Two drugs, romidepsin and decitabine, could be used to treat breast and kidney cancers, Mayo Clinic researchers have found. The drugs activate a tumor suppressor gene that makes the tumor cells to stop growing eventually leading to the death of the cells.
Romidepsin and decitabine are already approved by the Food and Drug Administration (FDA) to treat blood cancer but now the researchers have found that the drug can also cure breast and kidney cancers.
During the study, researchers used romidepsin and decitabine on lab-grown cancer cells. They found that individually, each drug did not induce any form of cell death but, together, they activated the Secreted Frizzled Related Protein One (sFRP1) that killed all of the different cell lines of kidney and triple negative breast cancer cells.
Previously, researchers had found that sFRP1 was silenced in certain cancers. Now, they have found the two drugs activate the gene and the gene stops the tumor cells from growing.
"We now have the basis for a clinical trial aimed at providing effective therapy for two drug-resistant cancers and perhaps many more tumor types in the future," said John Copland, molecular biologist at Mayo Clinic.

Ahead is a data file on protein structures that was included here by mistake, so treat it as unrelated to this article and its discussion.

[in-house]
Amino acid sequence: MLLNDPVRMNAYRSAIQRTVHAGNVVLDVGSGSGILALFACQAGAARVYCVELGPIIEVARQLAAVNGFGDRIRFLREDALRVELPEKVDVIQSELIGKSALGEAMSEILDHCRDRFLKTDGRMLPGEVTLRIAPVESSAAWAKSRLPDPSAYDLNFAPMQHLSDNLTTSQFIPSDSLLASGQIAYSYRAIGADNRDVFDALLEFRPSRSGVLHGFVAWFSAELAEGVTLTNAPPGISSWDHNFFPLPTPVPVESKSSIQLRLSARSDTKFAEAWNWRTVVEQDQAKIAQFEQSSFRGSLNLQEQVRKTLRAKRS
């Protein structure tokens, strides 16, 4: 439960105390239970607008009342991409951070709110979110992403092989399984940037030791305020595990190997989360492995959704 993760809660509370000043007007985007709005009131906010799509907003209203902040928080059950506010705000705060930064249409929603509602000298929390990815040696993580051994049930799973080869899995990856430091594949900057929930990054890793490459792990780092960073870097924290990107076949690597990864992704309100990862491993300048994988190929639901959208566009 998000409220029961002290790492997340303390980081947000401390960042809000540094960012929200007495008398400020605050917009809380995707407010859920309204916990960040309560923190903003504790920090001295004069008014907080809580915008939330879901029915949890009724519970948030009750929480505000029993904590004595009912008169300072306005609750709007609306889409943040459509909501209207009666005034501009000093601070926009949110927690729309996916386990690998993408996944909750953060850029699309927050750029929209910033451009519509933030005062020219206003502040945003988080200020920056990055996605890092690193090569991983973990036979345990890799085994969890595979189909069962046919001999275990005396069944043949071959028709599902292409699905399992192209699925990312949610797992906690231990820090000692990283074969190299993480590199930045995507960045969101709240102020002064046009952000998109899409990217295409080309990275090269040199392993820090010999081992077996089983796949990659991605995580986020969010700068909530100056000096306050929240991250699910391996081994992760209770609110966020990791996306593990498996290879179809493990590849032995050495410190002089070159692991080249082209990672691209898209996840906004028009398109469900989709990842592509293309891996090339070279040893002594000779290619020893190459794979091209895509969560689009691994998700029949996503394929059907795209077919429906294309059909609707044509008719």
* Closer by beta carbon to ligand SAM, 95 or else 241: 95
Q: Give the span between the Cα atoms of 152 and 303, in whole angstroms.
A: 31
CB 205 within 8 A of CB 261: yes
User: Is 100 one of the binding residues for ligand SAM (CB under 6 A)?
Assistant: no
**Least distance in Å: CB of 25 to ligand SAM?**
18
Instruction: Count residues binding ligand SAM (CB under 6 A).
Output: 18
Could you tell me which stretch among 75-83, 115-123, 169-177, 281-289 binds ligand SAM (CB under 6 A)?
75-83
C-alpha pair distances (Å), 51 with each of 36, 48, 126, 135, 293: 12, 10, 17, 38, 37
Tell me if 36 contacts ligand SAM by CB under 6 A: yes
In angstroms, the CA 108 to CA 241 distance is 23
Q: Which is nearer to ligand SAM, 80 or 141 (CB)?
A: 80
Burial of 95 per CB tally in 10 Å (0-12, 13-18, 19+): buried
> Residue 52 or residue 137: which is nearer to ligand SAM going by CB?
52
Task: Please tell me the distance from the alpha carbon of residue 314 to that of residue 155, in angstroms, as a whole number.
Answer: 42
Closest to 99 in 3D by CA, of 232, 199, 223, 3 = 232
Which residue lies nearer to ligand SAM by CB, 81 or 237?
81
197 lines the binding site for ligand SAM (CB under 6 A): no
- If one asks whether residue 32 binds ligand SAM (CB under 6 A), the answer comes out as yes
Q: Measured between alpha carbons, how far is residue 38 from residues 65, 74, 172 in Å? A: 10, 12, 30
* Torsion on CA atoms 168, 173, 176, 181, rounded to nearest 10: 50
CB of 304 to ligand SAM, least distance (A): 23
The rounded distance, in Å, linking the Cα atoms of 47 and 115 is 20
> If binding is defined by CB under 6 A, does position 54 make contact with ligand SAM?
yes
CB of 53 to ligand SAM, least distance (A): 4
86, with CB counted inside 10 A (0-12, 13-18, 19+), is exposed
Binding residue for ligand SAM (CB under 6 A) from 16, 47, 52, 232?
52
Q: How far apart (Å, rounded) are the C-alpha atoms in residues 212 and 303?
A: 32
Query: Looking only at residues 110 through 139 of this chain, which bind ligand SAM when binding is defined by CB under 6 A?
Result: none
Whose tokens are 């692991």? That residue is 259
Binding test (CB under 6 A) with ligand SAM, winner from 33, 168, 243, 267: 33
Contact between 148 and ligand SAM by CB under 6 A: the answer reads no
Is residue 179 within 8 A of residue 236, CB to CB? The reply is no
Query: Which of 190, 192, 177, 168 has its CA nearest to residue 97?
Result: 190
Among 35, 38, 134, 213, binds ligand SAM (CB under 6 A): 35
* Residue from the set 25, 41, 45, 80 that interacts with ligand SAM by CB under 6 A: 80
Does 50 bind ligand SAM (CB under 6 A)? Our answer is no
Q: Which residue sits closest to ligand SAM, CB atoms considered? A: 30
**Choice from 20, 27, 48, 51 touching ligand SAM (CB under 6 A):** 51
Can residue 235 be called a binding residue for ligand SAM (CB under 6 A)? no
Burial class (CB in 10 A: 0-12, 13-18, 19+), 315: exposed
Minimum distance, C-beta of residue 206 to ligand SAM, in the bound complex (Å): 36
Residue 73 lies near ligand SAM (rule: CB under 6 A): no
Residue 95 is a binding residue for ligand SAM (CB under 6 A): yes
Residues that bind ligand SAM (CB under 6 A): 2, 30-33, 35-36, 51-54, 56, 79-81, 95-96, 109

In the near future sFRP1 gene could be used in disabling colon, ovarian, lung, liver and other tumor cells, just like it disabled breast and kidney cancer cells, claims Copland .
Every year, nearly 50,000 people are diagnosed with breast cancer in the UK and nearly 7,400 people are affected by kidney cancer. Despite such high incidence, therapy to treat both forms of cancer, especially when they are advanced, is very limited.
"But now, not only do we have a very promising lead on future therapy, but if this combination treatment works as we hope it does, we will have a biomarker to be able to test which patients might benefit the most. In other words, a biopsy test could identify patients whose tumors had lost sFRP1 function," said Edith Perez, deputy director at the Mayo Clinic Cancer Centre.
"This type of interdisciplinary preclinical research effort is important, not only because of the value of the science, but also because the drugs are already in the clinic and that will facilitate translational efforts and hopefully confirm the preclinical findings in patients with advanced malignancies," said Michael Menefee, MD, researcher at the Mayo Clinic Cancer Centre.